We, at Josephine Community Library, stand with American Library Association (ALA) and the Black Caucus of the American Library Association (BCALA) in condemning violence and racism toward Black people and people of color. We stand with ALA and BCALA against the systemic and systematic social injustices and racism endured by Black people and people of color. We also stand with the Oregon Library Association (OLA), Asian/Pacific American Librarians Association (APALA), Chinese American Librarians Association (CALA), REFORMA, and American Library Association (ALA) to condemn hate crimes and racist language towards Asian, Asian-American, and Pacific Islander communities.
Josephine Community Library is actively committed to antiracist values, which informs all policy development, operational procedures, and staff and volunteer training for the library. We urge library patrons to look out for actions and policies that condone bigotry, systemic racism, and prejudicial misinformation and to do their part to eliminate them in our organization and community. We urge staff, volunteers, and patrons to actively support and protect Black, Indigenous, Latinx, and people of color communities from discrimination and hateful actions and find ways to serve as allies to our fellow community members across the county, state, and country.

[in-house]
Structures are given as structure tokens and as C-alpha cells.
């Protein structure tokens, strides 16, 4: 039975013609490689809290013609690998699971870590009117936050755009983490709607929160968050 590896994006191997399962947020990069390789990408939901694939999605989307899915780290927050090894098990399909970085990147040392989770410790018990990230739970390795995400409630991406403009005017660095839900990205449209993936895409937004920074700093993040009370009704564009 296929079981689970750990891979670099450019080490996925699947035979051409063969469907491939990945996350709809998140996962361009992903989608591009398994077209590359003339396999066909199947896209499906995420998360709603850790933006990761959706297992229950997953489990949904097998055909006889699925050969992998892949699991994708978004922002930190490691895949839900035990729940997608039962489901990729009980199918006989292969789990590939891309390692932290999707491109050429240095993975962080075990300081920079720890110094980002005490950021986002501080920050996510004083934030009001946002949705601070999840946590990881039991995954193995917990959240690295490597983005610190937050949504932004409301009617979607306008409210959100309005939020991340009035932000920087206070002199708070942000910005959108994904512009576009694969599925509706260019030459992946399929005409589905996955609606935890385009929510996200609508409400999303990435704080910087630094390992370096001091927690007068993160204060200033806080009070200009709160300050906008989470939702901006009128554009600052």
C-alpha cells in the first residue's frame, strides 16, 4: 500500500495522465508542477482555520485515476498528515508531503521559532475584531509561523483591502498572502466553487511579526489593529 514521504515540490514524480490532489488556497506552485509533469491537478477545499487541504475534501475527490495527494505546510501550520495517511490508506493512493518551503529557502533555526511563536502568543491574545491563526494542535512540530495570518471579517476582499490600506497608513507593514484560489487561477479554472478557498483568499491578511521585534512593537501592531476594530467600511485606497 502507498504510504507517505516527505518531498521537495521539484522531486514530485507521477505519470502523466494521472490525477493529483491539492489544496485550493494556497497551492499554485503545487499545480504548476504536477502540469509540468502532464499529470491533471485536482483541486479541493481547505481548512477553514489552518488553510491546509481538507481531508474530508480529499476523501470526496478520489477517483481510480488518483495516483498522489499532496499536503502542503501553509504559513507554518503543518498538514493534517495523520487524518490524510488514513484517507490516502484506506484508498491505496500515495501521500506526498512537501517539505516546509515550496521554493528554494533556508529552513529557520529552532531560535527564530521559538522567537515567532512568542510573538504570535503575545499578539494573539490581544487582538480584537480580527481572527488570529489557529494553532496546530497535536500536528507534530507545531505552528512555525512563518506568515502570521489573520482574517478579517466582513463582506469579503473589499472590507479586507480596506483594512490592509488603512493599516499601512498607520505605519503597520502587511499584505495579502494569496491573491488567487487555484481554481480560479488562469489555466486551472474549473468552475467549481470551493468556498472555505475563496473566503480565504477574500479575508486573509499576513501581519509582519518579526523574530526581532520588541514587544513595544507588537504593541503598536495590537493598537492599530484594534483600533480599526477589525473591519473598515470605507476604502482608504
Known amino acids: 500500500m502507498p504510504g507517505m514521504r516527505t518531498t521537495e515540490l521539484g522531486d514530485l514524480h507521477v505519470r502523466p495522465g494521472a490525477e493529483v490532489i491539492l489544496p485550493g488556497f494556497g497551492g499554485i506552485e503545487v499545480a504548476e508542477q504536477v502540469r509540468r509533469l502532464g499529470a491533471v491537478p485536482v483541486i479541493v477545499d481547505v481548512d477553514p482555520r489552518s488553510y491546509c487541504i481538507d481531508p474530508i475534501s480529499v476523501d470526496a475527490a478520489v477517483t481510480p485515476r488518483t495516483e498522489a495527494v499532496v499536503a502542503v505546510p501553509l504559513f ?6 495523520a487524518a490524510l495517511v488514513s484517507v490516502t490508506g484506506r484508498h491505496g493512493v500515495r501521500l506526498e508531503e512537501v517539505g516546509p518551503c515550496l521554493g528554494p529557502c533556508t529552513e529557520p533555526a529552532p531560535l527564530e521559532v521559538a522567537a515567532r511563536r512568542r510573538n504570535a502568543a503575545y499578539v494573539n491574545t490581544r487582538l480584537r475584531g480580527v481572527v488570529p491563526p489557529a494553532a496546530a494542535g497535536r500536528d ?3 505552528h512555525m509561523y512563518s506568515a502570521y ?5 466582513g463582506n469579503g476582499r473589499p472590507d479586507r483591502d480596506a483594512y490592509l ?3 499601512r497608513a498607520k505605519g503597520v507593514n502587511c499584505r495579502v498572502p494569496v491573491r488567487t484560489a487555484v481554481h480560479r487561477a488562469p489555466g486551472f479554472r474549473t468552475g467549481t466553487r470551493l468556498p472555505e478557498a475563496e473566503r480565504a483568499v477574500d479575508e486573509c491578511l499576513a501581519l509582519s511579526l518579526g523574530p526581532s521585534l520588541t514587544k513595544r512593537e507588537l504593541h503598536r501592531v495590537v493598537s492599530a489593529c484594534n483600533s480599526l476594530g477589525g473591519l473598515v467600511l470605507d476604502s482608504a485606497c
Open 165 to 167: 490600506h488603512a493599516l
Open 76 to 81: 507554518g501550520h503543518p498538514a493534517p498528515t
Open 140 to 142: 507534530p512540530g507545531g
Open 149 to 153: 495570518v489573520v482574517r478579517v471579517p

Library staff, volunteers, and patrons are charged with the responsibility to report instances of bias and racism in support of our racially and socially marginalized communities. For more information and assistance, contact Oregon Hate and Bias Information and Reporting.
We are dedicated to amplifying the diverse voices of our communities and of Black authors and authors of color as we evolve in our mission at Josephine Community Library to connect our diverse communities to reliable resources, technology, and information, envisioning a community where diverse ideas and people come together to share knowledge, experiences, and perspectives.
We embrace the American Library Association’s Code of Ethics and the Library Bill of Rights—adopted in 1939 and supplemented with modern interpretations to evolve with the times. We also acknowledge the historical legacy of unequal access that public libraries have in the United States and we are actively involved in rebuilding an equitable institution.